Recently I was invited to speak at the spring baccalaureate and commencement services at what is now called Liberty University. I had not been on the campus since Dr. Falwell's death and the accompanying funeral service in 2007. As the new president, Jerry Falwell Jr., a brilliant lawyer and educator with degrees from the University of Virginia, walked my wife and me across the campus, I could not believe my eyes. Today Liberty University is spread over thousands of beautiful acres. It has become the largest Christian university in the world with more than one hundred thousand students from every field of study imaginable. Even at this writing, hundreds of millions of dollars of new construction is in process — and Liberty remains debt free. Beautiful dormitories reach to skyscraper heights. The campus is filled with up-to-date athletic facilities, including a football stadium, a thirteen-thousand-seat basketball arena, an ice hockey arena, one of the finest baseball stadiums in America, and on and on I could go. The new medical school sits on Liberty Mountain, and down in the valley is the law school. Liberty's graduates are scattered far and wide, impacting lives for the good in every field of endeavor.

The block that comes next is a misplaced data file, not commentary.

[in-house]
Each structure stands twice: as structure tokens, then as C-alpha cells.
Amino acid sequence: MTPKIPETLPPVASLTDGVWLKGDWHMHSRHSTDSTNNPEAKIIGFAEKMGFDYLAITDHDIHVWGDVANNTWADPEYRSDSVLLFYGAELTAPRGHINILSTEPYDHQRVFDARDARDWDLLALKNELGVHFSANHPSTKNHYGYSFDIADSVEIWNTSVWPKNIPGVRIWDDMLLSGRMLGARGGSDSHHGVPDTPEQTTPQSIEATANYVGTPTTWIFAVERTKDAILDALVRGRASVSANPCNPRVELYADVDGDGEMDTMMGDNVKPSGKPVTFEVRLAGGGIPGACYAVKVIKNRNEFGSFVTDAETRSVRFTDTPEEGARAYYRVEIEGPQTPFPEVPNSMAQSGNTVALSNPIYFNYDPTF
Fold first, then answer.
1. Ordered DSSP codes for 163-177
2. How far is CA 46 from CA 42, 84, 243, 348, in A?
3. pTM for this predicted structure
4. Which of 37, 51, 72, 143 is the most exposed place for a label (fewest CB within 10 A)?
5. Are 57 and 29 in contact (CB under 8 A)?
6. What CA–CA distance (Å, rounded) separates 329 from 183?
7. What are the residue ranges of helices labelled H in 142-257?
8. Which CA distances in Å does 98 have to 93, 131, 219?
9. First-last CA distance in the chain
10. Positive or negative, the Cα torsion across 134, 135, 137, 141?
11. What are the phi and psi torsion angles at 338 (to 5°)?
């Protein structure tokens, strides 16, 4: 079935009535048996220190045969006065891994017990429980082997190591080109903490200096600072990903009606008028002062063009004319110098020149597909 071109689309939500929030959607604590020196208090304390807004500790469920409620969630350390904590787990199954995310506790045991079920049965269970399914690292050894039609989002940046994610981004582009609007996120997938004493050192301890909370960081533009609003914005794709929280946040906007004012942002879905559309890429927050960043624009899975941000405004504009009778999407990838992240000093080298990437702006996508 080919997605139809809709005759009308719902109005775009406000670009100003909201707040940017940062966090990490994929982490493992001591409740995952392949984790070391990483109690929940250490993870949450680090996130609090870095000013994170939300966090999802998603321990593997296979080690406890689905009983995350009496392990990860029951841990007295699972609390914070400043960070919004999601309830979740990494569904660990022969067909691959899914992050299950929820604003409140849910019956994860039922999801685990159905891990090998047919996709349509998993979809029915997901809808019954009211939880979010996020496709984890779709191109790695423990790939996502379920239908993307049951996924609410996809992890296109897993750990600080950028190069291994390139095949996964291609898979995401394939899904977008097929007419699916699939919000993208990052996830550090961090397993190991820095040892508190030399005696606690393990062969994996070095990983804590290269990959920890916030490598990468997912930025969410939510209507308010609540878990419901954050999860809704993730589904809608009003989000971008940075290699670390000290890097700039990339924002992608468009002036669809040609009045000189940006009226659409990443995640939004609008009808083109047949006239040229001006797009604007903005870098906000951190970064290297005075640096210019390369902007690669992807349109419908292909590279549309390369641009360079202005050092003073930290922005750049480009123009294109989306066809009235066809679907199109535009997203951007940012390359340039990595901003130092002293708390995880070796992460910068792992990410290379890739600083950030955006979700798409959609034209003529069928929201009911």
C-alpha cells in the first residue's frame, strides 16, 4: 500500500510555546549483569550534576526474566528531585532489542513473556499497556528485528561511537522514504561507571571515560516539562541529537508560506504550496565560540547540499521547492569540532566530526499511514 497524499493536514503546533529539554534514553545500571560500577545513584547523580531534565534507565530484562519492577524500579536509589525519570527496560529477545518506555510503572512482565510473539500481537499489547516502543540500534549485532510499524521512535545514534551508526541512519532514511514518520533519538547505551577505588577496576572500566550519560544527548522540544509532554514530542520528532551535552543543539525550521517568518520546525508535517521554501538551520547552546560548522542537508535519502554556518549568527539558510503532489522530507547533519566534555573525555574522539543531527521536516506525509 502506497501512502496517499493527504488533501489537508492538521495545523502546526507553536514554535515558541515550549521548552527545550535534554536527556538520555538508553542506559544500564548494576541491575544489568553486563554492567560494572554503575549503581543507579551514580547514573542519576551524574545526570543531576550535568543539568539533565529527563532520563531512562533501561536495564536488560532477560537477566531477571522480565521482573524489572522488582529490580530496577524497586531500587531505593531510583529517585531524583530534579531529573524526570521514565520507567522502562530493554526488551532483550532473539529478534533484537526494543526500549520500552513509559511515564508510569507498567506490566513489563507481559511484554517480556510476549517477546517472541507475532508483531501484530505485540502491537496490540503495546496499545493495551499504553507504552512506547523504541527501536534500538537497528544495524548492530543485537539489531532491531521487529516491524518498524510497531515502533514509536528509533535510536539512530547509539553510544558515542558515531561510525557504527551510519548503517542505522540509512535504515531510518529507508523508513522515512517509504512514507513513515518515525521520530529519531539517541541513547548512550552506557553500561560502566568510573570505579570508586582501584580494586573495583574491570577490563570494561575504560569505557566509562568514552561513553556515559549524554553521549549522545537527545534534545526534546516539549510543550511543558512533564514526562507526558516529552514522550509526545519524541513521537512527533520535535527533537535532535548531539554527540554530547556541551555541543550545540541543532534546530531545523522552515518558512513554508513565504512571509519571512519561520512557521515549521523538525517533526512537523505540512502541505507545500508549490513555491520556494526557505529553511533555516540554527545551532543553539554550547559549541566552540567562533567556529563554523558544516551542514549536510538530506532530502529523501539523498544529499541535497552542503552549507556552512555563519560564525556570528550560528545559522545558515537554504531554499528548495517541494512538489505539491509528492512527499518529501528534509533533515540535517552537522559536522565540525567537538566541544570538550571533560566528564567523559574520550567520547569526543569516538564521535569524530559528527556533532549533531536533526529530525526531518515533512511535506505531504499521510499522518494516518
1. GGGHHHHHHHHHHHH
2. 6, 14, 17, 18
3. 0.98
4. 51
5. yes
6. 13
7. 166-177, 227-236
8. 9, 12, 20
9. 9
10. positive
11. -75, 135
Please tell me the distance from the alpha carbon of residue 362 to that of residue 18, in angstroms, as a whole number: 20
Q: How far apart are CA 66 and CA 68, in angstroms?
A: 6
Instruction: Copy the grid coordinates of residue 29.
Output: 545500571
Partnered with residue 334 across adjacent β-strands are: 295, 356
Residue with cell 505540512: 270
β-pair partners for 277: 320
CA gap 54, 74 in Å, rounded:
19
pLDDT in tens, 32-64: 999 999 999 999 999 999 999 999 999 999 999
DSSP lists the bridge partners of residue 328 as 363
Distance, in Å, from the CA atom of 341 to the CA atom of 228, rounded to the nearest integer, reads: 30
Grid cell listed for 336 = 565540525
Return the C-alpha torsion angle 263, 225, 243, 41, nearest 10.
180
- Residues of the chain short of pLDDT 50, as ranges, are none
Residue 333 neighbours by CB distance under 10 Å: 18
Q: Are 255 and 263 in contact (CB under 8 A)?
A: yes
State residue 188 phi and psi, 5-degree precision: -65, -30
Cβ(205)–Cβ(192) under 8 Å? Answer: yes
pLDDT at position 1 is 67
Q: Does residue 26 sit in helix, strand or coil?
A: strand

As we walked across the campus that day, I thought much of my friend. My first inclination was to exclaim, "How I wish Falwell could see Liberty University today! But before I said the words, I thought, He did see it — and that's why it's all here! Vision is the V in becoming a VIP, a very influential person.
Before every great undertaking, someone — a VIP — has a vision for the task ahead. Think about it. The winning football coach has a game plan before kickoff — a vision of what he wants his team to accomplish and how to do it. The military commander envisions the strategy before the battle ever begins. The artist has an idea in his or her mind before the brush ever touches the canvas. But many individuals simply exist: they go to work, attend meetings, follow schedules, and something is missing. So often we simply cannot put our finger on it. What is it? I think it is vision. Having a vision for one's life is vital to living a worthwhile life, and those who influence others in life have a vision. They are able to see the end from the beginning, and they reach the end with a spirit of conquest.